An affordable and portable autonomous surface vehicle with obstacle avoidance for coastal ocean monitoring
New publication by Daniel F.Carlson, Alexander Fürsterling, Lasse Vesterled, Mathias Skovby, Simon Sejer Pedersen, Claus Melvad, Søren Rysgaard.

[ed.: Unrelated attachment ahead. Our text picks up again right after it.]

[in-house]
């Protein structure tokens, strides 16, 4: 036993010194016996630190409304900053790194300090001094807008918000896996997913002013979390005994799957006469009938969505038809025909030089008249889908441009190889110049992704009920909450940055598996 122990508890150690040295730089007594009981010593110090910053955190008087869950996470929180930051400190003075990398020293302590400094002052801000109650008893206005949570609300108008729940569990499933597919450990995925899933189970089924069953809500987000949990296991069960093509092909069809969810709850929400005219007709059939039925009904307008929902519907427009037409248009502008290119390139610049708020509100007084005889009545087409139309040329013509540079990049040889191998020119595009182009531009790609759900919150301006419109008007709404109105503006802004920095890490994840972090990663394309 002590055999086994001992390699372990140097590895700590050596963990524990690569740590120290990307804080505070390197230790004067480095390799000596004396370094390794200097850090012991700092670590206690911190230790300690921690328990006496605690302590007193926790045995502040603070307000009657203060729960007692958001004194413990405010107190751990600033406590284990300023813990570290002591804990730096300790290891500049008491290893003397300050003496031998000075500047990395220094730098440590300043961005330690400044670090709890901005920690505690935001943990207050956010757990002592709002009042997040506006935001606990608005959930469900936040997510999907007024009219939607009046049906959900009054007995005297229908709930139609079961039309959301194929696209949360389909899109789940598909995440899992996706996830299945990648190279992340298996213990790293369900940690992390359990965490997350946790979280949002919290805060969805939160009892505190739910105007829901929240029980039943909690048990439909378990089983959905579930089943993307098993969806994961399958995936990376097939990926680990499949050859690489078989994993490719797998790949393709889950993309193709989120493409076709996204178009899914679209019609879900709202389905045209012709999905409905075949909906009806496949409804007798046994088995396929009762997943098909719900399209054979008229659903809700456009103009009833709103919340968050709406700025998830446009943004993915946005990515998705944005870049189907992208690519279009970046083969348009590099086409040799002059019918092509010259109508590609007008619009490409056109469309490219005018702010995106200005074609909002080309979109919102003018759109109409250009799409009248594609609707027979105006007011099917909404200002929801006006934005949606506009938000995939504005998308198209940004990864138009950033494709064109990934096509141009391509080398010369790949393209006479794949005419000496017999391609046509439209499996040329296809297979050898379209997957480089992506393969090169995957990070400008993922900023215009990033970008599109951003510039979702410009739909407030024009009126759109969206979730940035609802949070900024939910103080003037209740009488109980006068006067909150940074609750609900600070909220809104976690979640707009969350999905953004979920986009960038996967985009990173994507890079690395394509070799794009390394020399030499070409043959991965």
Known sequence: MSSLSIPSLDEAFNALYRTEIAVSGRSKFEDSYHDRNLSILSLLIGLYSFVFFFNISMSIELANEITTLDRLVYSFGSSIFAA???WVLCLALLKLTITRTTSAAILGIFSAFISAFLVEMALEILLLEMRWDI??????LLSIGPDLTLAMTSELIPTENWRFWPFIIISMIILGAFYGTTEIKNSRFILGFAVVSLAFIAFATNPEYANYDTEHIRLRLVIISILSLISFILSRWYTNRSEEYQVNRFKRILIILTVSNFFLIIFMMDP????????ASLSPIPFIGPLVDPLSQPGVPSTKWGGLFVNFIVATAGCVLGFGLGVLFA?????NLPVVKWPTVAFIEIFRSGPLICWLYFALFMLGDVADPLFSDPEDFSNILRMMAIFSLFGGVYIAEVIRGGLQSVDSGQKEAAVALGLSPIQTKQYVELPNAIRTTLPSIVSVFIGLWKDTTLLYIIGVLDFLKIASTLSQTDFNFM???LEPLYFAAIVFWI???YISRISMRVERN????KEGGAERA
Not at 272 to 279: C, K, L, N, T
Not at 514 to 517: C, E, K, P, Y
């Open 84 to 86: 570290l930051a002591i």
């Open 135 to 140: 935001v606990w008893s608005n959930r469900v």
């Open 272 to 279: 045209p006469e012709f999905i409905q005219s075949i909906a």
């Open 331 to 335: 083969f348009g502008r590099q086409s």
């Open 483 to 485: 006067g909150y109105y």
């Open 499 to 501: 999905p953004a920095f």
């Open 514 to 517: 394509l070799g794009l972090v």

Bathymetry measurements are needed in shallow, near-shore environments to estimate the potential distribution of macroalgae and seagrass, which contribute to oceanic carbon sinks in Greenland and other Arctic locations. Additionally, ocean current observations near icebergs and marine-terminating glaciers are necessary to estimate their melt rates. Rocky coastlines, icebergs and glaciers, however, present a significant safety risk to manned vessels. We developed an affordable and portable autonomous surface vehicle (ASV) that can safely obtain bathymetry and ocean current measurements in dangerous environments. The Arctic Research Centre Autonomous Boat (ARCAB) is a student-built ASV that can be transported on a euro-pallet and operated from a small boat and from shore. ARCAB has a minimum battery life of 2 h and accommodates a SonTek M9 RiverSurveyor system for bathymetry and ocean current measurements. ARCAB is controlled by a National Instruments myRIO-1900 and features autonomous waypoint navigation, obstacle avoidance, and return-to-home functionality. We demonstrate the use of ARCAB in Greenland in January 2019.